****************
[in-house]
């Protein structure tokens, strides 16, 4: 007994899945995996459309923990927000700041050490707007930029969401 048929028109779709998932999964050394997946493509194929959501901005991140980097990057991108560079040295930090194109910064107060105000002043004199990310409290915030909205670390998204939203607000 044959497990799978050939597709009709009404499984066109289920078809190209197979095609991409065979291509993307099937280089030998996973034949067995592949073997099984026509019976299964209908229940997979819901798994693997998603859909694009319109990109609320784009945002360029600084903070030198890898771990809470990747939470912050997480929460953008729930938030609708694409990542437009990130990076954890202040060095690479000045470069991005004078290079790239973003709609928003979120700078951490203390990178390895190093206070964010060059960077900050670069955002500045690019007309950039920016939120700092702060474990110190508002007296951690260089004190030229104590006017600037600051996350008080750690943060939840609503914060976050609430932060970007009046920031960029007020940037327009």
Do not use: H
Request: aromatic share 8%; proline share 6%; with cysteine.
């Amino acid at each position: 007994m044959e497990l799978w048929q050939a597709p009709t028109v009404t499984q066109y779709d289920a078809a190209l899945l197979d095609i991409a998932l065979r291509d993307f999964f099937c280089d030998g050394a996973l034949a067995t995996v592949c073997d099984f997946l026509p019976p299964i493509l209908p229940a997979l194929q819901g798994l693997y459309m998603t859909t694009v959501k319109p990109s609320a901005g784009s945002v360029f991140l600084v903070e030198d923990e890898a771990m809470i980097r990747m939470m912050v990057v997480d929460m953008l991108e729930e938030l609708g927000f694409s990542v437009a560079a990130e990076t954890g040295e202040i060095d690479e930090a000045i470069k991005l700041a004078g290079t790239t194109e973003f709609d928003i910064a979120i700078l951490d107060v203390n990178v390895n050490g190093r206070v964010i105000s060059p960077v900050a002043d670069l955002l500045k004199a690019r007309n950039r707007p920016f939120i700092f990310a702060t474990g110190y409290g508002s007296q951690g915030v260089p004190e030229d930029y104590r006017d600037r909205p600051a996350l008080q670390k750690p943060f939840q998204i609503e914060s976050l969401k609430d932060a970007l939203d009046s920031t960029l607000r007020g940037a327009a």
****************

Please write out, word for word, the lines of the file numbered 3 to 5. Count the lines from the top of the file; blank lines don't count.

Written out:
Do not use: H
Request: aromatic share 8%; proline share 6%; with cysteine.
């Amino acid at each position: 007994m044959e497990l799978w048929q050939a597709p009709t028109v009404t499984q066109y779709d289920a078809a190209l899945l197979d095609i991409a998932l065979r291509d993307f999964f099937c280089d030998g050394a996973l034949a067995t995996v592949c073997d099984f997946l026509p019976p299964i493509l209908p229940a997979l194929q819901g798994l693997y459309m998603t859909t694009v959501k319109p990109s609320a901005g784009s945002v360029f991140l600084v903070e030198d923990e890898a771990m809470i980097r990747m939470m912050v990057v997480d929460m953008l991108e729930e938030l609708g927000f694409s990542v437009a560079a990130e990076t954890g040295e202040i060095d690479e930090a000045i470069k991005l700041a004078g290079t790239t194109e973003f709609d928003i910064a979120i700078l951490d107060v203390n990178v390895n050490g190093r206070v964010i105000s060059p960077v900050a002043d670069l955002l500045k004199a690019r007309n950039r707007p920016f939120i700092f990310a702060t474990g110190y409290g508002s007296q951690g915030v260089p004190e030229d930029y104590r006017d600037r909205p600051a996350l008080q670390k750690p943060f939840q998204i609503e914060s976050l969401k609430d932060a970007l939203d009046s920031t960029l607000r007020g940037a327009a």